Islanders Show Why They're 'Playoff-Built'

Isles to skate vs. the Boston Bruins in Round 2. Gretzky a Hall of Fame Broadcaster? Hextall and Burke will go to work. Golden Knights forced to 7.

Call them "The Comeback Kids."

Call them "The Team Built For The Playoffs."

Call the Islanders what you will -- "Amazing" wouldn't be out of place either -- but they're on top and the first-place Penguins are playoff history.

And, speaking of history, the Nassaumen will try to write another happy chapter in Round Two against Boston; date coming up soon.

The 5-3 victory was a tribute to g.m. Lou Lamoriello's "All-Team-No-Superstars" mantra; not to mention his trade deadline acquisitions of Kyle Palmieri and Travis Zajac from the Devils.

Palmieri, who led his club to victory in the pivotal Game One of the series, 

delivered another biggie last night at the rip-roaring Nassau Coliseum.

In his first series appearance, Zajac assisted on Ryan Pulock's game-winner.

It's noteworthy that today superstars Sidney Crosby, Alex Ovechkin, Connor McDavid and Leon Draisaitl all are finished for the season.

Meanwhile, the Islanders team concept worked again with the likes of Brock Nelson (2 goals, 1 assist), Anthony Beauvilier (1 goal, 2 assists) and Jean-Gabriel Pageau (2 assists) being difference-makers.

Goaltending was a huge factor in deciding the winner.

Rookie Ilya Sorokin won all four games for New York. His goals against average is an impressive 1.95 as is his save percentage, .945. Tristan Jarry failed again for Pitt. 

Out of 24 shots, Jarry relinquished five goals. He was mediocre in Games One, Four and Five. By contrast Sorokin produced 34 saves, many of them outstanding.

No less pivotal; Barry Trotz out-coached Mike Sullivan up and down the line. 

Bottom Line: Islanders won by employing a balance of four varied but all useful lines, better defense and far superior goaltending. The fact that Pittsburgh finished first will be forgotten by 11 p.m. tonight.


The official announcement that The Great One will be an analyst -- formerly "color commentator" -- for TNT is less stunning than the idea of a Buffalo playoff team.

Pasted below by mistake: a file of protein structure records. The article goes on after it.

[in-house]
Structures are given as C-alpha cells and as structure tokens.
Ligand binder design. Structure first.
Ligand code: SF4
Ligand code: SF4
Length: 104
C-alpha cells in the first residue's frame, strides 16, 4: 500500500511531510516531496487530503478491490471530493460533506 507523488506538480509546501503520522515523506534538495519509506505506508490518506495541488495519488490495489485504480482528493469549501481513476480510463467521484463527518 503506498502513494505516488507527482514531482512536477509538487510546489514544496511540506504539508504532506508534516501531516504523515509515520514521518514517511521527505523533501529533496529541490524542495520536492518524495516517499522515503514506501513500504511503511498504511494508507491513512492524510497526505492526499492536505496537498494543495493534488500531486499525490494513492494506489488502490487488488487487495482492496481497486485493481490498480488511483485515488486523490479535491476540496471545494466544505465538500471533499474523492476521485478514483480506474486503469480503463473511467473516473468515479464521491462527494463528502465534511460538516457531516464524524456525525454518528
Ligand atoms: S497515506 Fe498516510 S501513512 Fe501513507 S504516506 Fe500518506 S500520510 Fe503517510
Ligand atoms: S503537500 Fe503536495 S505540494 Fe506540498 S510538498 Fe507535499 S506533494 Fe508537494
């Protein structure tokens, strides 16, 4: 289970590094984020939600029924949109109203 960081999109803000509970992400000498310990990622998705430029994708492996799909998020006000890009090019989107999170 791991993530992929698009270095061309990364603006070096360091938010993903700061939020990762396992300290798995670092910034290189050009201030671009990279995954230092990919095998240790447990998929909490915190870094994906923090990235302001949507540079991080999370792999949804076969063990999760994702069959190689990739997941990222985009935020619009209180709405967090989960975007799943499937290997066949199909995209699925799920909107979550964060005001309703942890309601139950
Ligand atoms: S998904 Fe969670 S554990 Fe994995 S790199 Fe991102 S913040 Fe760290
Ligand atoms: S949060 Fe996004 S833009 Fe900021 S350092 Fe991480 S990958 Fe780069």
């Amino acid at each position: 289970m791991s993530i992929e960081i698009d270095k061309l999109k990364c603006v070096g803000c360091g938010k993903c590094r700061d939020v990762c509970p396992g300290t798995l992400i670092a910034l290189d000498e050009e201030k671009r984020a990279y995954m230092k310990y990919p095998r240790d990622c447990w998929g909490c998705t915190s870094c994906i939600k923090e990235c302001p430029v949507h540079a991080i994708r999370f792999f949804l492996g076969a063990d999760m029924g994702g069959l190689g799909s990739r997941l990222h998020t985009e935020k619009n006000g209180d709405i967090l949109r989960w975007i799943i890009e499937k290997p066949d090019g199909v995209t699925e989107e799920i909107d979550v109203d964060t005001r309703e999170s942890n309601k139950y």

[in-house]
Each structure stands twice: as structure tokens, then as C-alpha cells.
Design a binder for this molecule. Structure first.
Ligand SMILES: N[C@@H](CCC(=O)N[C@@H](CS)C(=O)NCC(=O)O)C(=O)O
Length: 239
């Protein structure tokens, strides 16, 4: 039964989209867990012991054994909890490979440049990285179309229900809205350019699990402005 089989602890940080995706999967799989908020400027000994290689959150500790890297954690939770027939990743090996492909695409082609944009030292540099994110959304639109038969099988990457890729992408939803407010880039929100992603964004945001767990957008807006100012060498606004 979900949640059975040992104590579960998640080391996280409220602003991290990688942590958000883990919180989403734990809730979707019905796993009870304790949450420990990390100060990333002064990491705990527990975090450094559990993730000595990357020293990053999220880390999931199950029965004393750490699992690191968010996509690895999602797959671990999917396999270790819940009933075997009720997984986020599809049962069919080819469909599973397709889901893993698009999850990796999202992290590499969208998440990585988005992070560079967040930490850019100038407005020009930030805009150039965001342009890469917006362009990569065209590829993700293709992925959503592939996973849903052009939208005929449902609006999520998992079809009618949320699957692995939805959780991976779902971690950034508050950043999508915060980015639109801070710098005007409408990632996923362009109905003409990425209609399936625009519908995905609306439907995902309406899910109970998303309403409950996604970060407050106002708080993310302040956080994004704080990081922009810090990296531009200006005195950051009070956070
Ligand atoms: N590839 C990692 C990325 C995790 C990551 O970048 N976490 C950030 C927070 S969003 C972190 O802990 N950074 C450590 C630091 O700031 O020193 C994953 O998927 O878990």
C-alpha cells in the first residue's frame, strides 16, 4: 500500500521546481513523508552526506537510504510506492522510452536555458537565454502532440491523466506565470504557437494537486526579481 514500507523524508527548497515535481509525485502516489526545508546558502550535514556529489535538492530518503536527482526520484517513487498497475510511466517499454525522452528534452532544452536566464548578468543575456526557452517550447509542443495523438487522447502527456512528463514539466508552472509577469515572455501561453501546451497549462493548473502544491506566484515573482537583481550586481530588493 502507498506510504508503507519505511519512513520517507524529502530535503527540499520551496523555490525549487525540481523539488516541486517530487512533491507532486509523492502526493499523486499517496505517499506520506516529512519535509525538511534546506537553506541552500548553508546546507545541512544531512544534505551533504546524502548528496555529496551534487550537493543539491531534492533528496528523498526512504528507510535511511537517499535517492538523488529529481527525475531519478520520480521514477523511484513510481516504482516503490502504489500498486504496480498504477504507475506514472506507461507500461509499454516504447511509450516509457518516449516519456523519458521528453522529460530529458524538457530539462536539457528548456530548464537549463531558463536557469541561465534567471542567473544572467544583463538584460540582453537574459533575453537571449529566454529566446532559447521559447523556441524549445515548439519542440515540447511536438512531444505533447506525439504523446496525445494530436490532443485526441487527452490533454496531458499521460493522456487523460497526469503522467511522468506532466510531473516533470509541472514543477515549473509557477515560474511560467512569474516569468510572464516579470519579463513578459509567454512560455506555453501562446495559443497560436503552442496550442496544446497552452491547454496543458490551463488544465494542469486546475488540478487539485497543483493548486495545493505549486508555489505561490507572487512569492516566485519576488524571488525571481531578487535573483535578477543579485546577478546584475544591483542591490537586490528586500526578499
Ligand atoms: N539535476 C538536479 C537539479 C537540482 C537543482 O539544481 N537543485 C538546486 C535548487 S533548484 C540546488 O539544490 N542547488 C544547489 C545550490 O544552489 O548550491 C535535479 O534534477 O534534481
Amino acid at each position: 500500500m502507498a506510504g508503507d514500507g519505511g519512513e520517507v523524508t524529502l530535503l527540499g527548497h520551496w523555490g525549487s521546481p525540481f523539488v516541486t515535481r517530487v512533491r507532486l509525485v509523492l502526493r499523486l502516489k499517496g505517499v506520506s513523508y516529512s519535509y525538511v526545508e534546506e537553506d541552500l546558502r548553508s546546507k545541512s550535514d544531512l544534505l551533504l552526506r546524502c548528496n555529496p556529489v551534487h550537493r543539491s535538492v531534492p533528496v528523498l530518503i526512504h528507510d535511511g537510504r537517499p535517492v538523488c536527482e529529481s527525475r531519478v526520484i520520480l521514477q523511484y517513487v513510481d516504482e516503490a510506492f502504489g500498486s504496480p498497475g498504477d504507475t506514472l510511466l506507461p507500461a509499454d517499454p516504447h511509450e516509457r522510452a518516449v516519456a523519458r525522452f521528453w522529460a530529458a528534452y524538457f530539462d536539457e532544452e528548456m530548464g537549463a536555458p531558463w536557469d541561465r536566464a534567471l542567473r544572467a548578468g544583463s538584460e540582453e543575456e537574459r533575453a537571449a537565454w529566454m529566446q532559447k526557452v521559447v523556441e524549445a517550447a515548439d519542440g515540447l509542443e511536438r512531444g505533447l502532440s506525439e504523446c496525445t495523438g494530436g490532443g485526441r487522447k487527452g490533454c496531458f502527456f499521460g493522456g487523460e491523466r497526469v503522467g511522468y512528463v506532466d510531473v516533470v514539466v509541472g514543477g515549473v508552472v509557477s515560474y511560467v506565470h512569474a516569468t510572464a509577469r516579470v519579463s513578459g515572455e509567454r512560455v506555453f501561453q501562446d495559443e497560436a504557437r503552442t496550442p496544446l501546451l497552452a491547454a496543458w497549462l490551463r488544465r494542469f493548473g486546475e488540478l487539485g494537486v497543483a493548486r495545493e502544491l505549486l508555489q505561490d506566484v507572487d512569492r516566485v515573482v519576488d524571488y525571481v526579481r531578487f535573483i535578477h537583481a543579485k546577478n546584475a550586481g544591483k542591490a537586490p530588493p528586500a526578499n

Wayne remains the living King of Hockey. He played for enough teams to be objective; he's smart and will be attractive on camera,

The only issue relates to bland.

Gretz is as laid-back as an old Texas cowhand -- Wayne's idol Gordie Howe was that way too -- and bland is not necessarily an arresting quality on tv.

On the other hand, Mr. Great has a nifty sense of humor, is a cool cat and should be good as an interlocutor and possibly do an interview or three.

But how would he handle controversy -- the essence of hockey -- as well as rips at his alma mater, the Oilers?

Imagine if Gretz was a panelist for the recent Edmonton-Winnipeg series. What if that TSN guy said, "Wayne, your old team choked. Your thoughts?”

My guess is that the Gretzky I know would handle it with aplomb.

I say this because -- over the decades -- Wayne and I had our differences. For starters, he played for the Oilers and I was broadcasting for the Islanders. We weren't crazy about each other.

Later, when he played for the Rangers -- and I still was doing Isles TV -- he was good enough to come on the air and discuss our feud. 

At the end of the interview, our feud had ended with the commercial break.

Unless your name was Billy Smith, it was hard not to like The Great One.

And that's why he'll be a success in his new broadcasting gig!

Stan’s Java Jive


THE JIVE: Picking a winner here is a challenge. Over the season they went 3-3-2 because of similarities. "The Islanders play a style like ours," says Bruins coach Bruce Cassidy. "They want to score but they also play a tight defense. They're comfortable playing a 1-1 game. Compared to other teams, they're heavier and tougher to get inside."

In its season preview, The Hockey News picked Boston as the fourth-best team in the NHL; and the Islanders seventeenth. That's quite a difference.

Bruins core veterans -- David Pastrnak, Patrice Bergeron, Brad Marchand and David Krejci — are constant threats. Charlie McAvoy has become a constant Norris Trophy contender. 

"The Bruins play good hockey," notes Travis Zajac of the Isles. "They beat good teams and so did we. This should be a fun series." 

Pastrnak agrees. "The Islanders are a good defensive team with a couple of big guys on the blue line. Overall, that team is good in its defensive zone as well as in the transition game. Plus, they're tough on the forecheck. They get on top of you in a hurry."

I picked the Islanders in seven. I go with another upset; Isles in seven again!


THE JIVE: Pittsburgh's two-headed high command -- Brian Burke and Ron Hextall -- have their work cut out for them. Their Penguins have problems everywhere. 1. The aces, Crosby and Malkin, have mucho mileage on their tires. Crosby went for a minus-3 in Pitt's biggest game of the season. Malkin lumbered around leaving Pitt-watchers wondering if he was awake or asleep. 2. Goaltending was a case of Tristan Jarry or bust. He was the latter. The general staff had better sign someone better. Hexy, the ex-goalie, knows that. 3. Kris Letang is a fine-fine blueliner. Ditto, Brian Dumoulin. The rest? Eh! 4. Although Mike Sullivan -- aided by Todd Reirden -- got the Pens into first place, Burke-Hextall may just want to bring in a fresh face behind the bench. But how do they replace aging Sid, Ev and Kris? (At least they're getting big bucks to figure that out. Perhaps a seance with Gentleman Jim Rutherford is in order!)